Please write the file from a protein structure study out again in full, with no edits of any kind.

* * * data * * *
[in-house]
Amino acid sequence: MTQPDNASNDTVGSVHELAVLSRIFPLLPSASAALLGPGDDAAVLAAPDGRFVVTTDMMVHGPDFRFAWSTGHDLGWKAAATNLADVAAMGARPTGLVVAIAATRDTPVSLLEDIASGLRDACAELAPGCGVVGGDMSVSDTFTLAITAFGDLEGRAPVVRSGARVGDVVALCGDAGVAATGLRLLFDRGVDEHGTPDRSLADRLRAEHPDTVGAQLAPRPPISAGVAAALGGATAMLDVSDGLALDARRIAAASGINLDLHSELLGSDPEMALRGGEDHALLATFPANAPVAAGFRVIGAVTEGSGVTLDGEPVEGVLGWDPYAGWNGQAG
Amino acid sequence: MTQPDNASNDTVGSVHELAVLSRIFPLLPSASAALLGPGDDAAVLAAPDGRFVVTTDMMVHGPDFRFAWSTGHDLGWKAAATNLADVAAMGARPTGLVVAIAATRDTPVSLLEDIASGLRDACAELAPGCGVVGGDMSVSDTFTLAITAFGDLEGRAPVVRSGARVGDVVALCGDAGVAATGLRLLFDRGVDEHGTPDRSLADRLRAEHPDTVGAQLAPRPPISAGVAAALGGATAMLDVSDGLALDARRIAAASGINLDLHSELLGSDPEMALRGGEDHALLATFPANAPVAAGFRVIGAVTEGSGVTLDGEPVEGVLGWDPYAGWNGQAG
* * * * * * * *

[in-house]
Amino acid sequence: MTQPDNASNDTVGSVHELAVLSRIFPLLPSASAALLGPGDDAAVLAAPDGRFVVTTDMMVHGPDFRFAWSTGHDLGWKAAATNLADVAAMGARPTGLVVAIAATRDTPVSLLEDIASGLRDACAELAPGCGVVGGDMSVSDTFTLAITAFGDLEGRAPVVRSGARVGDVVALCGDAGVAATGLRLLFDRGVDEHGTPDRSLADRLRAEHPDTVGAQLAPRPPISAGVAAALGGATAMLDVSDGLALDARRIAAASGINLDLHSELLGSDPEMALRGGEDHALLATFPANAPVAAGFRVIGAVTEGSGVTLDGEPVEGVLGWDPYAGWNGQAG
Amino acid sequence: MTQPDNASNDTVGSVHELAVLSRIFPLLPSASAALLGPGDDAAVLAAPDGRFVVTTDMMVHGPDFRFAWSTGHDLGWKAAATNLADVAAMGARPTGLVVAIAATRDTPVSLLEDIASGLRDACAELAPGCGVVGGDMSVSDTFTLAITAFGDLEGRAPVVRSGARVGDVVALCGDAGVAATGLRLLFDRGVDEHGTPDRSLADRLRAEHPDTVGAQLAPRPPISAGVAAALGGATAMLDVSDGLALDARRIAAASGINLDLHSELLGSDPEMALRGGEDHALLATFPANAPVAAGFRVIGAVTEGSGVTLDGEPVEGVLGWDPYAGWNGQAG